The UN Convention on the Rights of Persons with Disabilities in article 24 seeks to combat discrimination of children with disabilities in the field of education by prescribing a model of social inclusion. This paper will critically examine the sociological concept of inclusion, the German experience in implementing article 24 and the limitations of article 24 vis à vis the Right to Education in the International Covenant on Economic, Social and Cultural Rights. Before turning to the situation in Germany it is beneficial to discuss underlying concepts relating to special need education in order to clarify the notion of inclusion. In doing so, contested medical concepts, the perception of education as end rather than means and the voicelessness of the child, all lead to the conclusion that a rights-based approach is advantageous in acquiring social justice. Moreover, looking at the case of Germany and a school system with an exclusion rate of 82% the delay in the public discourse about inclusion is particularly striking. Hence, section 3 will look at empirical data, the UN definition of education and elaborate on the German confusion of inclusion and integration by making reference to domestic law and an exemplary case along with relating the Monitoring Body’s guidelines of availability, accessibility, acceptability and adaptability to the action plan of North Rhine-Westphalia. Finally, the application of social inclusion maxims to anti-discrimination law demands significant, positive adjustments but is also restricted by its focus on absolute disadvantage. The convention is arguably limited because of its narrow outlook owed to its civil and political nature and inclusive reform might bring broader equality when applied to the a priori Right to Education from the International Covenant on Economic, Social and Cultural Rights.

From humble beginnings in the early 1990s, charter schools have grown explosively to become a pillar in a market-oriented national education reform in the United States. The fiscal fallout from the financial crisis of 2007-08 constricted educational budgets and intensified the public debate around directing resources to all aspects of educational reform, especially charter schools.

The human right to education is well established in a variety of international treaties and covenants, including the Universal Declaration of Human Rights and the International Covenant on Economic, Social and Cultural Rights. The right establishes the obligation of states to provide all young people with a quality education, as defined by the prevailing social and economic context of each country. Guidance provided by the Committee on Economic, Social and Cultural Rights, focuses attention on the acceptability, availability, adaptability and accessibility of education in every context.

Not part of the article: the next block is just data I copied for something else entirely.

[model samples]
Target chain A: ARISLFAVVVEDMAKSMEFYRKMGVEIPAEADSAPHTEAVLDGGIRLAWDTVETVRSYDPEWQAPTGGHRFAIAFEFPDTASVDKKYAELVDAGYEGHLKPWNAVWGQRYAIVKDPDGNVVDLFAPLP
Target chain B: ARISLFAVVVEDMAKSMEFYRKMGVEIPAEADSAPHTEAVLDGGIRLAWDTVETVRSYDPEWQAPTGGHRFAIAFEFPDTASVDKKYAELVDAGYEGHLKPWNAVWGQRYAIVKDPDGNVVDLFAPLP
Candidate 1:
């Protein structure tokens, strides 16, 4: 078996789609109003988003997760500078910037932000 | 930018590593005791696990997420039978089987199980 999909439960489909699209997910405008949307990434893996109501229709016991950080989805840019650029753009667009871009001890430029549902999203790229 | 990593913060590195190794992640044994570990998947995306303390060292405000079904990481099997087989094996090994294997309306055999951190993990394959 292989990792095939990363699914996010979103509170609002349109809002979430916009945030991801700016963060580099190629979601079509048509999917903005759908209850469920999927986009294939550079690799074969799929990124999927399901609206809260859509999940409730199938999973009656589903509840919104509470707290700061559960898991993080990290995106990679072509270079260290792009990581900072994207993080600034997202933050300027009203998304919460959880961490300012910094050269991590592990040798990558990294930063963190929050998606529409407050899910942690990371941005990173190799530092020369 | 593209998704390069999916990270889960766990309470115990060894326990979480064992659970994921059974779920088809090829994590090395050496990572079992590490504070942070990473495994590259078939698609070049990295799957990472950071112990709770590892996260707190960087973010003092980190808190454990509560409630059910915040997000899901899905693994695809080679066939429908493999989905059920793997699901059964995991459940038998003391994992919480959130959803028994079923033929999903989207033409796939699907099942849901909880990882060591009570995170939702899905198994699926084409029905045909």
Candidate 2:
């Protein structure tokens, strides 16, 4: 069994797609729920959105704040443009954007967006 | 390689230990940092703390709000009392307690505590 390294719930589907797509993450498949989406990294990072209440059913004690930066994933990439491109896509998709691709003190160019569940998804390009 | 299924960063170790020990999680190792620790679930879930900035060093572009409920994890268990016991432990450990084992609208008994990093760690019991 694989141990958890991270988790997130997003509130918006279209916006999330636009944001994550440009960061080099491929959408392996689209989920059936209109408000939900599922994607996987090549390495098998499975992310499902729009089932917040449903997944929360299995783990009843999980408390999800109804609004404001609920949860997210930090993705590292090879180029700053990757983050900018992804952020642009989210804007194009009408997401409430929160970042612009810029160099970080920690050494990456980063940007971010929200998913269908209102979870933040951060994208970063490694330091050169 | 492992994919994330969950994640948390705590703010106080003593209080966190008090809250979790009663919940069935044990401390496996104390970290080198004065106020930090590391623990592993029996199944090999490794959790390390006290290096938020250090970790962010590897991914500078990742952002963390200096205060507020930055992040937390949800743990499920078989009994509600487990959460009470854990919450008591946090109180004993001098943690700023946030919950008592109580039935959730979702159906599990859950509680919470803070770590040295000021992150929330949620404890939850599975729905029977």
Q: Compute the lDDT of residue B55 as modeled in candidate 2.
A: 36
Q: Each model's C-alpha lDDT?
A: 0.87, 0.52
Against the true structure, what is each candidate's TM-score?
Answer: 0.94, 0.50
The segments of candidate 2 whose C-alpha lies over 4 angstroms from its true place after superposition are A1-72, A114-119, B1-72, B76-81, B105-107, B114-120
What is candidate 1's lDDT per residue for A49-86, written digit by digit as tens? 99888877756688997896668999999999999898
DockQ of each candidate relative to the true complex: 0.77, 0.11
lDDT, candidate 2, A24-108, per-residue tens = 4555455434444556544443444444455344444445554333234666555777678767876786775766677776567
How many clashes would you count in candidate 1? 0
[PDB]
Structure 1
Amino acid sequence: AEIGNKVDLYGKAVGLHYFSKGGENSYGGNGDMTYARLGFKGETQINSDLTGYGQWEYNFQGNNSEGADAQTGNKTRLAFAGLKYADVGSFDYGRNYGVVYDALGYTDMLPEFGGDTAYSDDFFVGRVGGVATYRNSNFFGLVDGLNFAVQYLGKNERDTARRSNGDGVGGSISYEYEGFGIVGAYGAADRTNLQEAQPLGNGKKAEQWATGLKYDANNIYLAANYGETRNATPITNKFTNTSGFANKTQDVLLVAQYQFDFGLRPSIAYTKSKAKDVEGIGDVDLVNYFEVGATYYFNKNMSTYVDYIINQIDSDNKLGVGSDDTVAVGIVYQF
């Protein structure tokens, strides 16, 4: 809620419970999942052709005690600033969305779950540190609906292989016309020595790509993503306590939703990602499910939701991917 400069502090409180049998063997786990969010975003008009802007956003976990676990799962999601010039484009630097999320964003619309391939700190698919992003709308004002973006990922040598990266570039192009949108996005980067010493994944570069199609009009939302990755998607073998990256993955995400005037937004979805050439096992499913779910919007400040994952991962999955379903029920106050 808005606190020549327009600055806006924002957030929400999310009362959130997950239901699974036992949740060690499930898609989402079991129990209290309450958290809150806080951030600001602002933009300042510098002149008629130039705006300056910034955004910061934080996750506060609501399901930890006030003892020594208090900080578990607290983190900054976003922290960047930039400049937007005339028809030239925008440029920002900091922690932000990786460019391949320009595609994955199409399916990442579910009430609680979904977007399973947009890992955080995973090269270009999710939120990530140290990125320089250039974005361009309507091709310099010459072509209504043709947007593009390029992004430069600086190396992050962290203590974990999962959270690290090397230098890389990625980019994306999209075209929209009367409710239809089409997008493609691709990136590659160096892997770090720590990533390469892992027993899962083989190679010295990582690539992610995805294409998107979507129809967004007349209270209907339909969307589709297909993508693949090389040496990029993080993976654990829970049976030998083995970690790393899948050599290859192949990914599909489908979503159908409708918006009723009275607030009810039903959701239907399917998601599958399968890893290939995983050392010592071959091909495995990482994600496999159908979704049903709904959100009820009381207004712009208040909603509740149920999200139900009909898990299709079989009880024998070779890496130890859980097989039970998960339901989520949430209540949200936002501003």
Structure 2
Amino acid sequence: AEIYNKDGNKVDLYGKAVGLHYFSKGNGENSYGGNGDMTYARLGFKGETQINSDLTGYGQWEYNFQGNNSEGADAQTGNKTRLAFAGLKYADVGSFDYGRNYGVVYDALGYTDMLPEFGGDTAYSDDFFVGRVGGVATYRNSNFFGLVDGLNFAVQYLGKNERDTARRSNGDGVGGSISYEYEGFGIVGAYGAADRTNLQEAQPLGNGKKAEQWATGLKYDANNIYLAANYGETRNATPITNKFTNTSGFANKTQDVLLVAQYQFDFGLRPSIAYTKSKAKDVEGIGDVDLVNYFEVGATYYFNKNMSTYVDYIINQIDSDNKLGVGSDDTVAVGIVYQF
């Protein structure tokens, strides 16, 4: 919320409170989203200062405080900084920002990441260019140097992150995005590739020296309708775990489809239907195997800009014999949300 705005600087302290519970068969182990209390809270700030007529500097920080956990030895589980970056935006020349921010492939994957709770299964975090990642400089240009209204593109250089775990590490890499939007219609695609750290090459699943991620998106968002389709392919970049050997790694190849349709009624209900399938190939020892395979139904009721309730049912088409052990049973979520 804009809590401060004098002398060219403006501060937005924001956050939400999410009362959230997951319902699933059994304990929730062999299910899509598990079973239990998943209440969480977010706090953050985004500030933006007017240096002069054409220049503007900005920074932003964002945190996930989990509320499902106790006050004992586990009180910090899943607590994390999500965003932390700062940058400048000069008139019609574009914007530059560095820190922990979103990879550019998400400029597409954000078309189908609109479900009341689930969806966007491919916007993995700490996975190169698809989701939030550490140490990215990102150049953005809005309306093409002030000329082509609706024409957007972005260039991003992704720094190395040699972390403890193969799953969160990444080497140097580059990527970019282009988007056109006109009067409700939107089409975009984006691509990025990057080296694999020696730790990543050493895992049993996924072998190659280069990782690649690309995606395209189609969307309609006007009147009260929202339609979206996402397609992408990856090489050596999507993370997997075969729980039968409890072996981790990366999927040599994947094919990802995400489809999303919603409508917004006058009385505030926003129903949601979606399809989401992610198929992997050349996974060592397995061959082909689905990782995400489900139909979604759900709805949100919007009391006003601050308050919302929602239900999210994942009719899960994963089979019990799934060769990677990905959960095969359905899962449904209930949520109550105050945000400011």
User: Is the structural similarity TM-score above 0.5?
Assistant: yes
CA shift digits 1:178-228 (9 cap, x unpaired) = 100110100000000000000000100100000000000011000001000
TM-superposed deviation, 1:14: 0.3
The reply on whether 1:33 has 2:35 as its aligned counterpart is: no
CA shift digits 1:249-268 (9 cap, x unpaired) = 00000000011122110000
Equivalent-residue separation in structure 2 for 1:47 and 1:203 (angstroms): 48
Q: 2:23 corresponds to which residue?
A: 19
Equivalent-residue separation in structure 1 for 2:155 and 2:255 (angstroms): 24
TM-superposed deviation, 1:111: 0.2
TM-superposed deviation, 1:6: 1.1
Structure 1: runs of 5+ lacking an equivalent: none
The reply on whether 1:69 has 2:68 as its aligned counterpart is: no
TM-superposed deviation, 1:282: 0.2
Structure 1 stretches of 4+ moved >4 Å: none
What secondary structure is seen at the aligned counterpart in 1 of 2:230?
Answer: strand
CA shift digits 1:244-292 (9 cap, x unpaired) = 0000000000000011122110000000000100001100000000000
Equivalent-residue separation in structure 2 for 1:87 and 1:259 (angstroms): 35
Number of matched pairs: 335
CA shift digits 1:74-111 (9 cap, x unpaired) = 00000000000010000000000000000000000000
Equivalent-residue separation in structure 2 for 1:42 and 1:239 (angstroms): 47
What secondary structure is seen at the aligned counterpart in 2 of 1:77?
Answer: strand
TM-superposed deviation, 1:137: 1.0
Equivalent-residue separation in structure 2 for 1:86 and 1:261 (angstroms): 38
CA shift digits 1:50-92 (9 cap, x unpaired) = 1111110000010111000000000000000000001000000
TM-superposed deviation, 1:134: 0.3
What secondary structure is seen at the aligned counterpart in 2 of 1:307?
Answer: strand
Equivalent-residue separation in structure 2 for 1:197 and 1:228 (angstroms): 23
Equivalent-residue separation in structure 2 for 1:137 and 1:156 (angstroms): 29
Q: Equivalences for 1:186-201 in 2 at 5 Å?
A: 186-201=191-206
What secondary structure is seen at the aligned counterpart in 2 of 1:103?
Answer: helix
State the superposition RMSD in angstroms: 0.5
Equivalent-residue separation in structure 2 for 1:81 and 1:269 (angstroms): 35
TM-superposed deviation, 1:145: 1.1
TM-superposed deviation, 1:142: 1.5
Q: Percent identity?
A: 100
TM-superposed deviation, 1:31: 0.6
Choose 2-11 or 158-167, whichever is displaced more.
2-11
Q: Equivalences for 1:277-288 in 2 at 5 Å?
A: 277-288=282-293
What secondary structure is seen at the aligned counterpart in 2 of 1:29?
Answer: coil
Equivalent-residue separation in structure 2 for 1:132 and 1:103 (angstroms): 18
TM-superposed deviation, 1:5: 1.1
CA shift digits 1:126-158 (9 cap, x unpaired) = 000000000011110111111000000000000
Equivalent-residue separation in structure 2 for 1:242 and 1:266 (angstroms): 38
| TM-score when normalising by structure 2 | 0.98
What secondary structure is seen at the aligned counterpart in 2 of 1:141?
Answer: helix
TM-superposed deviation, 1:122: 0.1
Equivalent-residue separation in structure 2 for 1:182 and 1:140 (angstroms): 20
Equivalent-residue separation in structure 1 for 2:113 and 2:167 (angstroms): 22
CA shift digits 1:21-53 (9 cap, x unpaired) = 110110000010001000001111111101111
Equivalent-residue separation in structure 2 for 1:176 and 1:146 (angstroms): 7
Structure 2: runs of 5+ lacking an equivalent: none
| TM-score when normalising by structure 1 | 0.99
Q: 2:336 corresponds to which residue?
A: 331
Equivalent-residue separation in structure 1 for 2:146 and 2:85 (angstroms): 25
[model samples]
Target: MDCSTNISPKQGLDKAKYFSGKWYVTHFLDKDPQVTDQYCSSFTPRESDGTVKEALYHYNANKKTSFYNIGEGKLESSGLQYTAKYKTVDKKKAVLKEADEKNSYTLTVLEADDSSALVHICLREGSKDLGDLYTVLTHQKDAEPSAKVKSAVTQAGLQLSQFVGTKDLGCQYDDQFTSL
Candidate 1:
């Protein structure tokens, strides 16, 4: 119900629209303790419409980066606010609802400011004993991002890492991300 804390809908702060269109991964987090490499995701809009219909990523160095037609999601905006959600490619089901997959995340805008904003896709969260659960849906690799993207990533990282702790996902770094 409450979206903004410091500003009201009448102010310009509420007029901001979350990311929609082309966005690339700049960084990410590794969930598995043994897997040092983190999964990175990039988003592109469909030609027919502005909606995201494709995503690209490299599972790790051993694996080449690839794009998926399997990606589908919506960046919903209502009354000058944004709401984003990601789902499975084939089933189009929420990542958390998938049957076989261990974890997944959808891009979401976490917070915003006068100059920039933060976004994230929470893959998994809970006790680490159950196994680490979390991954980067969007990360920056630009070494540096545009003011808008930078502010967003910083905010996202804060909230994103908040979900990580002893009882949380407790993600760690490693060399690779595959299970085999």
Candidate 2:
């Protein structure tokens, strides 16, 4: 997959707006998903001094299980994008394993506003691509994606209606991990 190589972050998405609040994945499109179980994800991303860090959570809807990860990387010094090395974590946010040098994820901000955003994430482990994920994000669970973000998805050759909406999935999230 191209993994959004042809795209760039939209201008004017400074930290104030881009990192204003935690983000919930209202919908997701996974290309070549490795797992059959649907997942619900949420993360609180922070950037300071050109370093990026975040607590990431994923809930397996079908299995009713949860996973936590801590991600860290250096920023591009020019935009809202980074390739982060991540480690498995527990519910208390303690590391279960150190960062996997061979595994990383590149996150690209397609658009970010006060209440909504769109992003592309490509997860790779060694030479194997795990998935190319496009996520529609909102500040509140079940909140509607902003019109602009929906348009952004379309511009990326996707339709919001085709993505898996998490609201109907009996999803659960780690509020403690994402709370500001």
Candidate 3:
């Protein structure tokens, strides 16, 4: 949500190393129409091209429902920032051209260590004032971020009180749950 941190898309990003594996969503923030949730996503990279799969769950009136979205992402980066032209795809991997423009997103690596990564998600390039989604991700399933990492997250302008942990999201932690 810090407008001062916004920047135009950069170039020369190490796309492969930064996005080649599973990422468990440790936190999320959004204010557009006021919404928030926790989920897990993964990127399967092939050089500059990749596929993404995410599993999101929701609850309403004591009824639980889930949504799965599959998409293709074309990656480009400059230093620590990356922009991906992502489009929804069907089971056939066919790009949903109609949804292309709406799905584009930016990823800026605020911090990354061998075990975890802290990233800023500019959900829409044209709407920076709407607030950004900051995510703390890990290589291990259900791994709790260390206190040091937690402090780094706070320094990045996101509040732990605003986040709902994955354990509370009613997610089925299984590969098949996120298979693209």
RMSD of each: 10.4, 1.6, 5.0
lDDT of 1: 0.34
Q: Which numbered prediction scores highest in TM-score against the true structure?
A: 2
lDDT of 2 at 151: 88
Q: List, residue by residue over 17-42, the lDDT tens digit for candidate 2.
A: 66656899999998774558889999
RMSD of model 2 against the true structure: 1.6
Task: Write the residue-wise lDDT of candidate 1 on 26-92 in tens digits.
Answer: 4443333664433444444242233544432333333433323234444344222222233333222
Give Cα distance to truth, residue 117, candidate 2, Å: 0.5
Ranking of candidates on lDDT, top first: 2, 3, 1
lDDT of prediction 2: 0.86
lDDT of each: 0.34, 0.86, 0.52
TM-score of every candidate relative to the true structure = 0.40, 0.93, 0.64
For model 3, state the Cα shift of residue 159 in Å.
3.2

The impact of charter school expansion on the ability of U.S. states to implement the right to education for all children has, to date, been little considered in the national debate around education reform. Given the diversity of the legal foundations of charter schools in the states, it is difficult to carry out such an analysis at the national level.

Despite the fact that its public education system is rated among the most effective in the country, the Commonwealth of Massachusetts has been the site of large-scale implementation of the charter school model. Prominent educational research institutes have analyzed Massachusetts charters and found them - especially the schools located in Boston - to be among the most successful in the country.

The experience of Massachusetts charter schools undoubtedly includes positive effects on the implementation of the right to education. A significant number of students who had difficulty accessing quality education in traditional public schools have been able to do so in charter schools. Many of those students are from racial or ethnic groups that have faced historic discrimination in U.S. public schools. In addition, charter schools are, by their nature, adaptations of the public education model and, therefore, increase the adaptability of the system.

At the same time, other aspects of the charter school model raise concerns from a human rights perspective, some of them serious concerns. The extreme school discipline models employed by some charters and the increased use of disciplinary exclusion to maintain social order in the schools both raise human rights concerns that go well beyond the right to education. Also, the existence of an “enrollment gap” between charter schools and traditional public schools, especially in relation to the enrollment of Students with Special Needs and English Language Learners is the source of further concern. Finally, the way in which charter schools are financed, in Massachusetts and in most other jurisdictions, gradually degrades the financial capacity of public school districts. This loss of financial capacity often leads to mass school closings or other major disruptions to the system. In districts with high charter density, this process can reach the point where the capacity of the district to provide for even the basic educational needs of all students comes into question.